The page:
Chasing The Horizon

 

In search of a change in scenery while simultaneously escaping the hectic life in the city, we decided to venture some ways up north to the province of Zambales. Getting up early wasn’t the hard part, it was containing the excitement bubbling from our anticipation of finally getting a breath of new air from months of hard work. Coming from a little further down south, we decided to leave early to avoid the dreaded rush hour traffic.

There’s about an hour left before the sun rises and as we arrived at EDSA, much to our relief, vehicles were still scarce on the road. We traversed the 23.8km highway in less than 30 minutes, a feat that is nothing short of a miracle and perfect timing. NLEX was just as friendly and by that time, the sky was beginning to be painted with warm light. The clouds were rolling over in hues of pink and orange, while the grassy fields were still thickly covered with fog.

Even though we were almost halfway through our destination, we actually had vague plans for this sudden trip. All we knew was by the end of the day, we’d be chilling by the beach, blasting amazing music, and toasting our cold, canned beers at the back of the car. This is a special kind of recklessness that only our youth will allow us in this lifetime.

So by 8AM, while zigzagging our way to Olongapo, we took another hour’s worth of driving to the small barangay of San Miguel in San Antonio, Zambales. Tucked away in a small fishing village is Casa San Miguel, a humble home converted into a house of music and arts, dedicated to anyone willing to immerse themselves in their crafts.

Our GPS pointed us to the wrong direction twice on our way to this haven but then again the destination became even more worth it precisely because we got lost somewhere along the journey. We finally arrived at a massive yet unassuming gate with a driveway consisting only of dirt and large trees scattered in all directions.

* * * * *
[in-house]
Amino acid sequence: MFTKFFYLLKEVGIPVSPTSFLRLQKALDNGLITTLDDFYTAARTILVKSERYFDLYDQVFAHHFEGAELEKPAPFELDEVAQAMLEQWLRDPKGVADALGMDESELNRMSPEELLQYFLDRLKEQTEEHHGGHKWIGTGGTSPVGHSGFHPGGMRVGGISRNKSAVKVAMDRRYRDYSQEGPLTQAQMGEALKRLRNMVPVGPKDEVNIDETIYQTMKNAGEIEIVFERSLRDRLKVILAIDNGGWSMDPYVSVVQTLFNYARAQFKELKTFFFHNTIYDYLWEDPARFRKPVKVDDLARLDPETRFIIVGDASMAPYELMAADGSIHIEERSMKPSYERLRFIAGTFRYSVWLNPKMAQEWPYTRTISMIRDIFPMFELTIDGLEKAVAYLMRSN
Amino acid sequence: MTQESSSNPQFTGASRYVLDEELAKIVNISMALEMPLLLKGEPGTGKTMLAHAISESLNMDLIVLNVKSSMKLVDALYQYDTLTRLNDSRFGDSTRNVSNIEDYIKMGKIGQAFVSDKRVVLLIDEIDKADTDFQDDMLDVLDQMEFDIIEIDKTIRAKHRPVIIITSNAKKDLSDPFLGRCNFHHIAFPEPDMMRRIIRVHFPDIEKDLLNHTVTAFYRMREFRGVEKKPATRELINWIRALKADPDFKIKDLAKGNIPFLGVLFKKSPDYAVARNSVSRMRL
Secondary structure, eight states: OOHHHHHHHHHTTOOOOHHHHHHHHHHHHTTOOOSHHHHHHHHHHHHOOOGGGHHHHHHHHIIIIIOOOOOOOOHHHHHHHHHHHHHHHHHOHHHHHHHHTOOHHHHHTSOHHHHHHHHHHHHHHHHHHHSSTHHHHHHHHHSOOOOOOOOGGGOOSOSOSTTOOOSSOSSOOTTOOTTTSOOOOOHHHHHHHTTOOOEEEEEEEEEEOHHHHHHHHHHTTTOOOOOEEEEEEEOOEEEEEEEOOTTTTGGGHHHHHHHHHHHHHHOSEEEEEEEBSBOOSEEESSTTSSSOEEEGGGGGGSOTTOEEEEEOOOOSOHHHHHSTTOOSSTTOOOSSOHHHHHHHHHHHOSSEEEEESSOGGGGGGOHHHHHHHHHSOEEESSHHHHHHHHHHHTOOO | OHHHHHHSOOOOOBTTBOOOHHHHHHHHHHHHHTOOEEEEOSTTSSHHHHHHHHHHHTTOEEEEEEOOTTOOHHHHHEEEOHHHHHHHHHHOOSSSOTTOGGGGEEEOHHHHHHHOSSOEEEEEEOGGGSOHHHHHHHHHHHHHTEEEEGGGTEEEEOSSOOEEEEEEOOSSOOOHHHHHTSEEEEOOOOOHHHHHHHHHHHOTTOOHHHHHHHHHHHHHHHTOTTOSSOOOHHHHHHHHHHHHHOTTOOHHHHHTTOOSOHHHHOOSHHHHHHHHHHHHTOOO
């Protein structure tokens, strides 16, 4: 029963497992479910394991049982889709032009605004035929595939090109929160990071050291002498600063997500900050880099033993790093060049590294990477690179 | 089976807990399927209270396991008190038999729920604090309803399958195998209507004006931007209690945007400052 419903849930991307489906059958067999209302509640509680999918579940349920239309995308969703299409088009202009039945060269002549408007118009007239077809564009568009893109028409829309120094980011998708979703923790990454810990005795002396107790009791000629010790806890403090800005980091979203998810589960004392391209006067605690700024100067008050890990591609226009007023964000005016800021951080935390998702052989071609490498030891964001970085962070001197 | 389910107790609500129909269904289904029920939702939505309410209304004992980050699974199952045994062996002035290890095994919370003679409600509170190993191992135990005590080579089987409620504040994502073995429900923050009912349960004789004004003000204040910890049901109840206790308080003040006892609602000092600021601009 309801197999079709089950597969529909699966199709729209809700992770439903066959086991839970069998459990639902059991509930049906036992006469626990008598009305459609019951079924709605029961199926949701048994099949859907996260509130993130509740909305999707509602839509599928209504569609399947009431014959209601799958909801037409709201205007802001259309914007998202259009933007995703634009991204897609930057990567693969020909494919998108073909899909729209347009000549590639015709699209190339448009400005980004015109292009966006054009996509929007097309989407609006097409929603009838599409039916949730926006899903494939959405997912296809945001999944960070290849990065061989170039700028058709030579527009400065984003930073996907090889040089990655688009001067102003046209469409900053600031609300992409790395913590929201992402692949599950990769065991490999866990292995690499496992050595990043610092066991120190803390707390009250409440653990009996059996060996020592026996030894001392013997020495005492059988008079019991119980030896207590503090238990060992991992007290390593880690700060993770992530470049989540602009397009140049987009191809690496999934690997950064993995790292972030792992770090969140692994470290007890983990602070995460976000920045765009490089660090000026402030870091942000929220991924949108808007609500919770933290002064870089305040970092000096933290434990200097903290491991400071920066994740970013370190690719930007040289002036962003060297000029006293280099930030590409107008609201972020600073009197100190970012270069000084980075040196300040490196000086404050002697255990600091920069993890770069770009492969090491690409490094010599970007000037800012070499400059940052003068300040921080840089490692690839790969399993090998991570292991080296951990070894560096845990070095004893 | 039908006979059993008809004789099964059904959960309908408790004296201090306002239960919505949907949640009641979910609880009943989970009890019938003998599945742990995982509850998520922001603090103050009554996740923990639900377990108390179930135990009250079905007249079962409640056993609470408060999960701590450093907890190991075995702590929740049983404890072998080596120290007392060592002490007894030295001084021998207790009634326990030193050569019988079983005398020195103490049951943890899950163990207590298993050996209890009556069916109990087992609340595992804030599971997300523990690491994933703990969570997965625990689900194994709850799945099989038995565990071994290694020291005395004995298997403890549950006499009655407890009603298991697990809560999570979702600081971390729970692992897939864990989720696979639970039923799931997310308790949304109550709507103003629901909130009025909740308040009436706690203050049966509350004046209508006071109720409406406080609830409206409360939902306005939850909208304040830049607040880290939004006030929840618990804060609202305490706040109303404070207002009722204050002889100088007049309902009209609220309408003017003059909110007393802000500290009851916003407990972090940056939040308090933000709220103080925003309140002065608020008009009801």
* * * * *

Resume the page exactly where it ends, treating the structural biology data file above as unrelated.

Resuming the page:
There were no people in sight and the place seemed far too quiet for any inhabitants. Doubts crept into our minds but it was soon replaced with curiosity as we made our way around a trimmed garden and well-maintained brick walls. We looked up to see a huge house so majestic yet down-to-earth that the artistic vibe is unmistakable.

After we had tea at their cafe, we were then guided through a short tour inside the residence where alluring paintings donated by their resident artists decorated the walls. The pillars and stairs are made of wood while several small areas covered in glass serve as classrooms for their scholars who are being taught musical instruments. Being off-season on a Tuesday morning, we didn’t get to see any of the kids perform but it also meant we had the whole place to ourselves to explore. We climbed a steep and unfinished ladder to their recently added balcony and the Zambales Mountain Range welcomed us with a stunning view. Needless to say, just being in that cozy home surrounded by authentic pieces of art occupied us with so much inspiration and respect for the community.

We stopped by an old garden with a vintage camper van, inhaled the scent of the mountains, took pictures to our hearts content, and made our way back to Subic Bay for some lunch, and of course, the beach.

Roaming inside the Freeport Zone is liberating. The roads are wide and everybody follows strict traffic rules. Being used to the insane traffic in the metro made us almost paranoid to the perfectly functioning traffic system. We were extra careful in making turns and we made sure to make a full stop before pedestrian lanes. (As we should, really.)

We weren’t in a rush and the hearty lunch at Texas Joe left us feeling more energetic for our next stop: the supermarket. A Subic trip wouldn’t be complete without a visit to Royal Duty Free. Aside from being tax free, the items to choose from are A LOT. We circled the entire place, grabbed some drinks and gummy candies and made our way to the beach for the much awaited relaxation.

It was the perfect afternoon for chilling out and we parked on the grey sand of Subic Bay. The stretch of sea and mountains before us made for a really calming view that literally had us skip with joy. After weeks of pulling all-nighters, meetings, and events, the change of pace recharged our spirits.

We may be young but that doesn’t mean we have to limit ourselves to the four walls of our classrooms or the four corners of our offices. Taking a breather is something we deserve because we are humans. We get tired and weary so don’t ever tell yourself that you don’t deserve to take a break even though you’ve pushed yourself so hard, because what you are doing is enough. Taking your time today means you’ll come back better tomorrow.

We won’t have our youths forever but we will always remember that time when we were twenty-something, with nothing to lose, dreaming of everything, while getting lost in the playlist of our lives. On days that we feel overwhelmed, we will remember the waves softly crashing against the shore and the sun slowly setting behind the mountain, as if winking in approval at our newfound determination to live the life we feel is right.

We are filled with gratitude for doing something so spontaneous and simple because as we made our way home that night, we knew it was one the best roadtrips of our lives. To this day, we are motivated to move forward, one can of cold drink at a time.

SA'ICHI

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